Universal design, which provides the infrastructure for people to live equally in society without difficulties regardless of their age or whether or not they have disabilities, is now part of a standard global view.
In Japan, two people with severe physical disabilities were elected in the July 21 House of Councillors election, and this momentum is pressing the Diet to adopt universal design.
Disabled legislators Yasuhiko Funago and Eiko Kimura were both elected through proportional representation on the ticket of the Reiwa Shinsengumi political group, which was upgraded to a political party following the election. Both of them use large wheelchairs, and require the assistance of caregivers to work. There are many issues that should be considered in the wake of their election besides renovation of the Diet chamber and the equipping of facilities to be barrier free.
Funago has amyotrophic lateral sclerosis (ALS), which makes it difficult for him to talk. He uses the small movements in his eyes and mouth to convey his thoughts with the help of a character chart and a computer. He will probably ask questions and vote on issues through his caregiver.
Under current regulations for the House of Councillors, even if legislators only want to bring a cane into the chamber, they need to notify its president in advance. Slopes have been in use since the first election of Eita Yashiro, a wheelchair user who served for 28 years as a lawmaker. But the use of wheelchairs, like canes, is regarded as a special exception.
The upper house Committee on Rules and Administration addressed corresponding measures on July 25. It is fine to widen the scope of special exceptions, but legislators should also consider updating rules.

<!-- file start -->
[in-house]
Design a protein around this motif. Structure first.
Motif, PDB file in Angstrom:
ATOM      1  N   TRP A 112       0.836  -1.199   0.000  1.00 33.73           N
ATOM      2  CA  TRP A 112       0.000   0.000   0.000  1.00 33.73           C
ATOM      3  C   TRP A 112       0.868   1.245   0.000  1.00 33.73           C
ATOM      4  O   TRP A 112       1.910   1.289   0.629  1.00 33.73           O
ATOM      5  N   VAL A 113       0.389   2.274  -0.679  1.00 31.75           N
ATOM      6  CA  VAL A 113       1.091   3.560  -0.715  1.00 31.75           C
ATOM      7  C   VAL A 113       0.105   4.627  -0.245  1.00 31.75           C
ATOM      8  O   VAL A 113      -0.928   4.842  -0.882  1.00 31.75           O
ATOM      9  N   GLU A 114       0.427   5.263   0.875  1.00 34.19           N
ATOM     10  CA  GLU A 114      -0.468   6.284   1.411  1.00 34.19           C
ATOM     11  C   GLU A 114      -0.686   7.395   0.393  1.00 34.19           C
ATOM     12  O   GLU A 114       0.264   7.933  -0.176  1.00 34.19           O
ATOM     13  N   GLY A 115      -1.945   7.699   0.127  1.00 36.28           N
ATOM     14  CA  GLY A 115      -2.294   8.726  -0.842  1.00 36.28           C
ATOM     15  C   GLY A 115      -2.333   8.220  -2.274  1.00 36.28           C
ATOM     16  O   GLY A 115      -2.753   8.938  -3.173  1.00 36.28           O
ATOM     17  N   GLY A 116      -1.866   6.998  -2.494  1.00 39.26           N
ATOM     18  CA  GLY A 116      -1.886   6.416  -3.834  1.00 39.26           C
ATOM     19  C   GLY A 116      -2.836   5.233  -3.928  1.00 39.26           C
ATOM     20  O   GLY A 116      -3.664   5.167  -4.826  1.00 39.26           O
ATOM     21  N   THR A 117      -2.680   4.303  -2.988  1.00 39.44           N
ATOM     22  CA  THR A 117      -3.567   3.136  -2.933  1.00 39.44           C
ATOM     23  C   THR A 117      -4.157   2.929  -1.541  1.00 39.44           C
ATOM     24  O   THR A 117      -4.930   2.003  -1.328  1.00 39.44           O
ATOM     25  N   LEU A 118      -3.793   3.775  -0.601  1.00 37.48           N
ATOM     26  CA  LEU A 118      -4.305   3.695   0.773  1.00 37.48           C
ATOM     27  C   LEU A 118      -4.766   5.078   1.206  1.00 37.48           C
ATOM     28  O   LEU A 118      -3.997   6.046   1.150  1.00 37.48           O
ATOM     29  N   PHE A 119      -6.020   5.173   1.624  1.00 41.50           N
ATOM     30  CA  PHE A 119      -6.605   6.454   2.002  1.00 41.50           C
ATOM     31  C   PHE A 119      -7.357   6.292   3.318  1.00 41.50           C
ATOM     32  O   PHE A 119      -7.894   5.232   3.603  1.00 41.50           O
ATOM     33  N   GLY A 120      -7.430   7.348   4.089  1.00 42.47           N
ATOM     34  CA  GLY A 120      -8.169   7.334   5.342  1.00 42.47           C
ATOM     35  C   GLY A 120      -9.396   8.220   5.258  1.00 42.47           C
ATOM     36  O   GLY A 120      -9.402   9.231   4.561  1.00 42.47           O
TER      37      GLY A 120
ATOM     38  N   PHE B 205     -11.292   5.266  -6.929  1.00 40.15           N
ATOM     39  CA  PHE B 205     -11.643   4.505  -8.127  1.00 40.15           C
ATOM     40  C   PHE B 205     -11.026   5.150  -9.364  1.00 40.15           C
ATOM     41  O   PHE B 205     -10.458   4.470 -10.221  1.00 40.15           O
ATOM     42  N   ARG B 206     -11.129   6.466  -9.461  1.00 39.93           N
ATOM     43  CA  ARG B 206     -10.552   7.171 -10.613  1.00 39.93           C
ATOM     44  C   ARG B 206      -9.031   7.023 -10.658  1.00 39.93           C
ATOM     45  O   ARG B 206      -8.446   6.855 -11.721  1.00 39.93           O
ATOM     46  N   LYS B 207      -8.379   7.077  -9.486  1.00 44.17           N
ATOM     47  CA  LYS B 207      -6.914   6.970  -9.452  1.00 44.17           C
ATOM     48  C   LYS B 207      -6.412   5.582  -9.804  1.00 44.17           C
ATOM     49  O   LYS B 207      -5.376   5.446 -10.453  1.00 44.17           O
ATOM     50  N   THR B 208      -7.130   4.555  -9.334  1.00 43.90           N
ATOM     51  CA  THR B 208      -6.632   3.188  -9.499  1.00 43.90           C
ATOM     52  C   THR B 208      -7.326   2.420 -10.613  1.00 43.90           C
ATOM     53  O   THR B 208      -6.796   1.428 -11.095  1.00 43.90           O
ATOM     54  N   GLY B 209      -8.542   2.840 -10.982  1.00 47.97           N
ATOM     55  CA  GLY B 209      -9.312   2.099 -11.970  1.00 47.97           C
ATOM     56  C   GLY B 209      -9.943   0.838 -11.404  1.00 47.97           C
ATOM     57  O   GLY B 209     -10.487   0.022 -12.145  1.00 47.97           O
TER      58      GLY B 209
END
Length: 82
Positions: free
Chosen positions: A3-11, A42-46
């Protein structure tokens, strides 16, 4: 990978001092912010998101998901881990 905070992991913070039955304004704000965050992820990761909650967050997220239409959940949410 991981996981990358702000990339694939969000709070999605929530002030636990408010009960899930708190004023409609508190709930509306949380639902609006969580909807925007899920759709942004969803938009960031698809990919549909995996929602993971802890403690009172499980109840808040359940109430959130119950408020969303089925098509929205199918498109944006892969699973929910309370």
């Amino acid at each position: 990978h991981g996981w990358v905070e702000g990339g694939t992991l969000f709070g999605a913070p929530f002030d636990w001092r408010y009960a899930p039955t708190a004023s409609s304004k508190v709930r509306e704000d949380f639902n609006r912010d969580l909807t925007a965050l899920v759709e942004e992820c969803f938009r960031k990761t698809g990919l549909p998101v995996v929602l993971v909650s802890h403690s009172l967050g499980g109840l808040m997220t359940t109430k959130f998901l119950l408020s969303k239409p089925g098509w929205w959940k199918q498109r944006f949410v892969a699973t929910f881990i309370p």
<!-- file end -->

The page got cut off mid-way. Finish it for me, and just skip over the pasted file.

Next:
Democracy in Japan stands on Diet discussion by representatives of the public. There cannot be a situation where a legislator is unable to sufficiently engage in debate due to a disability. If there is a problem with the Diet facilities or system, then the ruling and opposition parties should fix it and make an effort to guarantee that people can fully express their opinions.
The Diet will need to be flexible on the time that is allotted to each political party or group for questions, on the premise that it will take those with disabilities time to make statements and express their intentions.
In 2016, a problem arose after the House of Representatives turned away a patient with ALS as an unsworn witness on the grounds that questions and answers would take too long. The upper house allowed the person to speak, accompanied by three helpers, and the question session went ahead, but the event served as a heavy lesson for the Diet.
In the latest upper house election, a former Paralympian who uses a wheelchair was also elected. There was also a candidate who is deaf.
The Health, Labor and Welfare Ministry estimates that there are more than 9 million people in Japan with physical or mental disabilities, accounting for 7.4% of Japan's population. The Diet will need to prepare for the scenario of people with visual or hearing disabilities becoming lawmakers in the future.
We hope the situation will lead to universal design that will break down systematic and awareness-related "barriers" in the future.